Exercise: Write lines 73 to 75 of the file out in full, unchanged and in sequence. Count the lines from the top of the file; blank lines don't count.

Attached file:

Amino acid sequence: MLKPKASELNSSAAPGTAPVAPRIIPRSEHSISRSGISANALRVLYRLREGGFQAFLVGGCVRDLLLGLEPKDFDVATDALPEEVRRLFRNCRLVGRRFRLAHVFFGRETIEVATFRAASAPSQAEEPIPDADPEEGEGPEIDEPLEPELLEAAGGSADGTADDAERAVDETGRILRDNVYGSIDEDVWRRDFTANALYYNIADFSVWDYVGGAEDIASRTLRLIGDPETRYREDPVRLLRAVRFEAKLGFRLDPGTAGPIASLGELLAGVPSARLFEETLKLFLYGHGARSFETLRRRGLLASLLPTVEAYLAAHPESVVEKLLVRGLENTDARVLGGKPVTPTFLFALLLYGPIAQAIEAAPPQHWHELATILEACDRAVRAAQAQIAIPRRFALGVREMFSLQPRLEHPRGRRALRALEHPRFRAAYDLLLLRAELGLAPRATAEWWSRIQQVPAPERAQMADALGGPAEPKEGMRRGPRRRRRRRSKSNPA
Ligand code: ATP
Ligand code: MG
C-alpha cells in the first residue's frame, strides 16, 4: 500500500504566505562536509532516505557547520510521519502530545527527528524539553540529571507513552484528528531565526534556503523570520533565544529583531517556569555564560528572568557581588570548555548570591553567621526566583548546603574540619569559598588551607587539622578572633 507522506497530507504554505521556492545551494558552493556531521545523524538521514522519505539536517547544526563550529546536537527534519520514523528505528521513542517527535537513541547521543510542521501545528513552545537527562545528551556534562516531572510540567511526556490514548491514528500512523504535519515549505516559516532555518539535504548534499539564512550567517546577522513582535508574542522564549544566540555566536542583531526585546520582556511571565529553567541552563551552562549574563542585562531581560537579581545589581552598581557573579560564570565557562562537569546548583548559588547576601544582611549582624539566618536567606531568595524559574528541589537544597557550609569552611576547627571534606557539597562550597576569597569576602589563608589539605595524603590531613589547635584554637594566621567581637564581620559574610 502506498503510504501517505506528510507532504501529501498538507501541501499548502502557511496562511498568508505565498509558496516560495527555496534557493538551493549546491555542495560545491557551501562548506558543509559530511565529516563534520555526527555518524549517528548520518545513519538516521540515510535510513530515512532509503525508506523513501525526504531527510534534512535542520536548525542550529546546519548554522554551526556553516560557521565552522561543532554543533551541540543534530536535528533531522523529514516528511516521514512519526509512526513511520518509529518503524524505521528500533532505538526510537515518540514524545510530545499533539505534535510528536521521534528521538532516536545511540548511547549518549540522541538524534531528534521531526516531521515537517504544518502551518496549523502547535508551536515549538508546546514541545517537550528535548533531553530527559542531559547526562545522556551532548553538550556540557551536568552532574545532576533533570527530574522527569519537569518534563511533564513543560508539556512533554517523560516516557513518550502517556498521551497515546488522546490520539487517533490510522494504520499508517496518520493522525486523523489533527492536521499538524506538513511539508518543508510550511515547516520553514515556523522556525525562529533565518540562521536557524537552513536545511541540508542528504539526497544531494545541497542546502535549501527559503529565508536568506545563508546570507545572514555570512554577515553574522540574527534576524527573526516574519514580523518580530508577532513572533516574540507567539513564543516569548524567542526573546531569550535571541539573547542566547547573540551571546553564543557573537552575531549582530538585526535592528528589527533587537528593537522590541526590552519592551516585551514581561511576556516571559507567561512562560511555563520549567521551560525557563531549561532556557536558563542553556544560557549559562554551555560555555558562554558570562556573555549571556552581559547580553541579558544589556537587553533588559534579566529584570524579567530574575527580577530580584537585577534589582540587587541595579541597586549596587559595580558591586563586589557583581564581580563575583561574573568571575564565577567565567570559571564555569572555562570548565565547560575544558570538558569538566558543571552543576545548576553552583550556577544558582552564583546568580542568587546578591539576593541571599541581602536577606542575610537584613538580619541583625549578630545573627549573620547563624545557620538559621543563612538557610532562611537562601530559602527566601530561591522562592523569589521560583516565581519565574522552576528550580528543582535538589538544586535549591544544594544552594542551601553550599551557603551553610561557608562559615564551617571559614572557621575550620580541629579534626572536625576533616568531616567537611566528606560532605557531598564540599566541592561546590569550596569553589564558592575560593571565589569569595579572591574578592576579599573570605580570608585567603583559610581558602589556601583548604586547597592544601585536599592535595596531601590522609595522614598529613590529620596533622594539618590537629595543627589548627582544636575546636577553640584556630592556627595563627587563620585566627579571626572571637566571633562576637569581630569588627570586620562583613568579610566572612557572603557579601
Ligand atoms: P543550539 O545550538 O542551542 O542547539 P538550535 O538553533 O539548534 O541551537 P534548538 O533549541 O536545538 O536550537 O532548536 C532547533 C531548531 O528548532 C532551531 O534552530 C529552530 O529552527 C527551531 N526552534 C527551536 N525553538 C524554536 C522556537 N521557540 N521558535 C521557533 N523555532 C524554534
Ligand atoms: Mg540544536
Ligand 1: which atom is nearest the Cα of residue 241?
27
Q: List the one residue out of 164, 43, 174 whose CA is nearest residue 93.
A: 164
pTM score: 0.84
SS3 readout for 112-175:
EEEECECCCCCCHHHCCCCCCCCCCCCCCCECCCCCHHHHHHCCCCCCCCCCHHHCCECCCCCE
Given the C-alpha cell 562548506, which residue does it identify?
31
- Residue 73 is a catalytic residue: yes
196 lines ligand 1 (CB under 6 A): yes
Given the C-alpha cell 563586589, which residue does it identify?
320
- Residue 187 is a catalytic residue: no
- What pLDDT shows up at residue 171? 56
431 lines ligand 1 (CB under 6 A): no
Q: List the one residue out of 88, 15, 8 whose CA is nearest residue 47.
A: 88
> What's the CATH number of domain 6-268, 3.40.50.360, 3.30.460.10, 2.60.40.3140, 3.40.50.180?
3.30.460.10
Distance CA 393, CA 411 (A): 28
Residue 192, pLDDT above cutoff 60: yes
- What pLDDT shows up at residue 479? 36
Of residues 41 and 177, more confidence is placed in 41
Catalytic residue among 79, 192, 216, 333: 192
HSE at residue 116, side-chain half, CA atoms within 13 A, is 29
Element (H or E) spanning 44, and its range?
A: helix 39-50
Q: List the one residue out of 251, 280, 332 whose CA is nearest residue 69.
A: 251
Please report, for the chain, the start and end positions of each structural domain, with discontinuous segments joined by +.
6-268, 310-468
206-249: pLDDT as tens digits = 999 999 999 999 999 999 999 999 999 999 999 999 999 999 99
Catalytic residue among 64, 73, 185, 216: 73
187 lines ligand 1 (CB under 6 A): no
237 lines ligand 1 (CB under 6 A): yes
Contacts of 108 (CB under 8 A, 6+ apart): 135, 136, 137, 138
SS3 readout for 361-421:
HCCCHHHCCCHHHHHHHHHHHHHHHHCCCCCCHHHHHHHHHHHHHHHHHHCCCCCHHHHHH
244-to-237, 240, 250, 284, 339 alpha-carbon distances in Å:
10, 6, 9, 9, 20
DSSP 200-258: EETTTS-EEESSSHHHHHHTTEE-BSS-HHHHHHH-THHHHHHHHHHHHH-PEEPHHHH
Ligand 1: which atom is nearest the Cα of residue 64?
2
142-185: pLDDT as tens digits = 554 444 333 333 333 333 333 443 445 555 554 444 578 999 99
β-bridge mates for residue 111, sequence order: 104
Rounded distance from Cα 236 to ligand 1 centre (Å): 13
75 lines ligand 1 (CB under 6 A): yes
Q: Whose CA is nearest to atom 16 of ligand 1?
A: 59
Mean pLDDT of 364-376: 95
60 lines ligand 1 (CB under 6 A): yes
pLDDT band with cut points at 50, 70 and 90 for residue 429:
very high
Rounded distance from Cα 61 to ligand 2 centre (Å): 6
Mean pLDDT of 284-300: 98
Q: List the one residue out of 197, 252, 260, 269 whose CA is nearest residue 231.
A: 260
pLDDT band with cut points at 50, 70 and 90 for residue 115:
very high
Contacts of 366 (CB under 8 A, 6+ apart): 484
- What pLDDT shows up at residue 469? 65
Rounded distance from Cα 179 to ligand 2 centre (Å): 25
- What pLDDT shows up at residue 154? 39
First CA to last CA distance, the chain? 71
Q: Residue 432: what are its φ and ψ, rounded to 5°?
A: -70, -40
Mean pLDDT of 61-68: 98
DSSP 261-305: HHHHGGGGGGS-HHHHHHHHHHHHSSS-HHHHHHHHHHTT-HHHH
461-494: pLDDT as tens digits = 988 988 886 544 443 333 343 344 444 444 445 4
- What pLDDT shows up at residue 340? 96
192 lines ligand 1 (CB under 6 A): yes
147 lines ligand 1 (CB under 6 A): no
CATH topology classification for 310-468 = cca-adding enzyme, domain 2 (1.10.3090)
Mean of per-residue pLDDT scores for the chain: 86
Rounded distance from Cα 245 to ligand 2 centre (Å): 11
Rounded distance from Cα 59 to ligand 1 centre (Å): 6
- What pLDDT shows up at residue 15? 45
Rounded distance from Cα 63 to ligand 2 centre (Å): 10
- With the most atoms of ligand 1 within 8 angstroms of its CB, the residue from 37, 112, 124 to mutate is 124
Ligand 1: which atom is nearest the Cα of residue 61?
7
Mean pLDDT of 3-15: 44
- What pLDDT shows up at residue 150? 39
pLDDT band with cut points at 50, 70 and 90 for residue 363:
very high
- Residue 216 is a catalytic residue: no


A: -70, -40
Mean pLDDT of 61-68: 98
DSSP 261-305: HHHHGGGGGGS-HHHHHHHHHHHHSSS-HHHHHHHHHHTT-HHHH